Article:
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Do sensorial manipulations affect subjects differently depending on their postural abilities?


Objectives: To examine whether sensorial manipulation affects subjects differently according to their postural performance and the strategies used. The literature showed that the level of competition of soccer players influences their postural performance and strategy.

Methods: Eight high-level (HL) professional soccer players and nine regional-level (RL) soccer players were tested (1) in a reference condition and (2) in a manipulated sensorial condition (MAN). The MAN condition consisted of perturbing the proprioceptive and exteroceptive information. For each postural condition, balance was assessed by measuring the centre of foot pressure using a force platform during a test of bipedal standing posture.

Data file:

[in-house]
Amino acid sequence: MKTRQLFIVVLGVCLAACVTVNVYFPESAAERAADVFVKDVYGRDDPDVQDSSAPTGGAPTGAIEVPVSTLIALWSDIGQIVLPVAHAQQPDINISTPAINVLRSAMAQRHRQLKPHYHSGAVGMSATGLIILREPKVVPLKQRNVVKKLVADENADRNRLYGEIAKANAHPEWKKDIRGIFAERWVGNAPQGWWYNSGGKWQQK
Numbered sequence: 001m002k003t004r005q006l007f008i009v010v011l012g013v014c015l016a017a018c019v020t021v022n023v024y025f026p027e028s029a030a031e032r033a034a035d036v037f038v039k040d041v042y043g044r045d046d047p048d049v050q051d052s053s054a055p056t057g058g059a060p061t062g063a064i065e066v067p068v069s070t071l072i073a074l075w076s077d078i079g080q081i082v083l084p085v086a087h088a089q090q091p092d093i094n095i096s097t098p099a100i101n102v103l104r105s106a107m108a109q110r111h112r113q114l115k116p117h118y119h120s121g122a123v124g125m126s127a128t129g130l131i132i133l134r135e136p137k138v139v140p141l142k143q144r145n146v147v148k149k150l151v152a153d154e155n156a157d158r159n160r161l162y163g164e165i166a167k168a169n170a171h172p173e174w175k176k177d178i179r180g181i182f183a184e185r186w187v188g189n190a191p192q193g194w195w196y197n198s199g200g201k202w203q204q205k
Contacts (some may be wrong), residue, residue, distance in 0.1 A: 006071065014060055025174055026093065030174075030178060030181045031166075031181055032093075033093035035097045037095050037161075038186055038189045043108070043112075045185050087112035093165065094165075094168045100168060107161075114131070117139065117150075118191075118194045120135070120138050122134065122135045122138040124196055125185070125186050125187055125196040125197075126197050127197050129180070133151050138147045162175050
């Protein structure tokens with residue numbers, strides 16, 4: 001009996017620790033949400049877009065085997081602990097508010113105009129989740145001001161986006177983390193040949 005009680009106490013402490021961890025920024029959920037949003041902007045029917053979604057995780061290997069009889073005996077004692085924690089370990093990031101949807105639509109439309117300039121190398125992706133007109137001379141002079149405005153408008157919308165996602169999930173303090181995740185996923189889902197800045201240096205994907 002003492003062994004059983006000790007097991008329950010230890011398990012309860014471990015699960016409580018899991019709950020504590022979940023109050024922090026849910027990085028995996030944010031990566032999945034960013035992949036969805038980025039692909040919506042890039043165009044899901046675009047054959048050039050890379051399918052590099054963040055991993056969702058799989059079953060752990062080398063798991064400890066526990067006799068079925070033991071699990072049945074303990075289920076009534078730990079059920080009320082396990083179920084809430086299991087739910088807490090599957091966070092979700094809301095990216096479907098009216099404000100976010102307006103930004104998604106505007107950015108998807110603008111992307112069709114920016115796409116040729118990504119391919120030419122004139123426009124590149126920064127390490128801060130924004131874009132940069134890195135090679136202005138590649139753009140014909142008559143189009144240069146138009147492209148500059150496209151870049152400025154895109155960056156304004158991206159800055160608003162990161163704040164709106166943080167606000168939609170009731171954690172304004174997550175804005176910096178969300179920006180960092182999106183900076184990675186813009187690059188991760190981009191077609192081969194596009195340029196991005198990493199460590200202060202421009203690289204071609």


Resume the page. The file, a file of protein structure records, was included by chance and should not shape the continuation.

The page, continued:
Results: The postural control was less perturbed in the HL than in the RL players in the two postural conditions. Moreover, the group–condition interaction showed that the postural control was less disturbed in the HL than in the RL players when the sensory information was manipulated.

Conclusions: The HL soccer players probably possessed a better internal model of verticality than the RL players. Subjects who had a better postural control level were less disturbed by sensorial manipulation than the others in postural regulation.

  • ANOVA, analysis of variance
  • COP, centre of foot pressure
  • EC, eyes closed
  • EO, eyes open
  • HL, high level
  • LF, low frequency
  • MAN, manipulated sensorial condition
  • REF, reference condition
  • RL, regional level

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